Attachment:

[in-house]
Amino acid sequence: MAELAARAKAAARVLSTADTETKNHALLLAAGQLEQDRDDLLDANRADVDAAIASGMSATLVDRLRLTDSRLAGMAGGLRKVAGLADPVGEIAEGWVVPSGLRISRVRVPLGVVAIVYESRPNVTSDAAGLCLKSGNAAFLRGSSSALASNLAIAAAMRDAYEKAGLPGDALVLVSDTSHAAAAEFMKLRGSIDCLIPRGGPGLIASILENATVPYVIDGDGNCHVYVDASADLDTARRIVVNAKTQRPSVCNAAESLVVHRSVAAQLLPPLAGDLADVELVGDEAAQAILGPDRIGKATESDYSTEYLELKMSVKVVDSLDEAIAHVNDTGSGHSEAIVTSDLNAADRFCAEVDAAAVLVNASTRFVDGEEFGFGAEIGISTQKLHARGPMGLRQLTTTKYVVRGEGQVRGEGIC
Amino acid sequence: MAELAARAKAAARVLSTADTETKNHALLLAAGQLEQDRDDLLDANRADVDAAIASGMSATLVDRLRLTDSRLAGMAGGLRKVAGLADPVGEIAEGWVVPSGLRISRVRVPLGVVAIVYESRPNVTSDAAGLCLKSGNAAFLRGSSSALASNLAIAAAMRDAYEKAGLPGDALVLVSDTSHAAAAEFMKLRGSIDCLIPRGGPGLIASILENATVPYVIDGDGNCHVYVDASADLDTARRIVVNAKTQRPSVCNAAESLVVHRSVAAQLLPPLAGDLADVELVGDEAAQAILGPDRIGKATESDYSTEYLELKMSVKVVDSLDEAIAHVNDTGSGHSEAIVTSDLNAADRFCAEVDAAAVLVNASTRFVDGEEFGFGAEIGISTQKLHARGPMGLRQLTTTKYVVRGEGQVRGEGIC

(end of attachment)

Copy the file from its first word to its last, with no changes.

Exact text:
[in-house]
Amino acid sequence: MAELAARAKAAARVLSTADTETKNHALLLAAGQLEQDRDDLLDANRADVDAAIASGMSATLVDRLRLTDSRLAGMAGGLRKVAGLADPVGEIAEGWVVPSGLRISRVRVPLGVVAIVYESRPNVTSDAAGLCLKSGNAAFLRGSSSALASNLAIAAAMRDAYEKAGLPGDALVLVSDTSHAAAAEFMKLRGSIDCLIPRGGPGLIASILENATVPYVIDGDGNCHVYVDASADLDTARRIVVNAKTQRPSVCNAAESLVVHRSVAAQLLPPLAGDLADVELVGDEAAQAILGPDRIGKATESDYSTEYLELKMSVKVVDSLDEAIAHVNDTGSGHSEAIVTSDLNAADRFCAEVDAAAVLVNASTRFVDGEEFGFGAEIGISTQKLHARGPMGLRQLTTTKYVVRGEGQVRGEGIC
Amino acid sequence: MAELAARAKAAARVLSTADTETKNHALLLAAGQLEQDRDDLLDANRADVDAAIASGMSATLVDRLRLTDSRLAGMAGGLRKVAGLADPVGEIAEGWVVPSGLRISRVRVPLGVVAIVYESRPNVTSDAAGLCLKSGNAAFLRGSSSALASNLAIAAAMRDAYEKAGLPGDALVLVSDTSHAAAAEFMKLRGSIDCLIPRGGPGLIASILENATVPYVIDGDGNCHVYVDASADLDTARRIVVNAKTQRPSVCNAAESLVVHRSVAAQLLPPLAGDLADVELVGDEAAQAILGPDRIGKATESDYSTEYLELKMSVKVVDSLDEAIAHVNDTGSGHSEAIVTSDLNAADRFCAEVDAAAVLVNASTRFVDGEEFGFGAEIGISTQKLHARGPMGLRQLTTTKYVVRGEGQVRGEGIC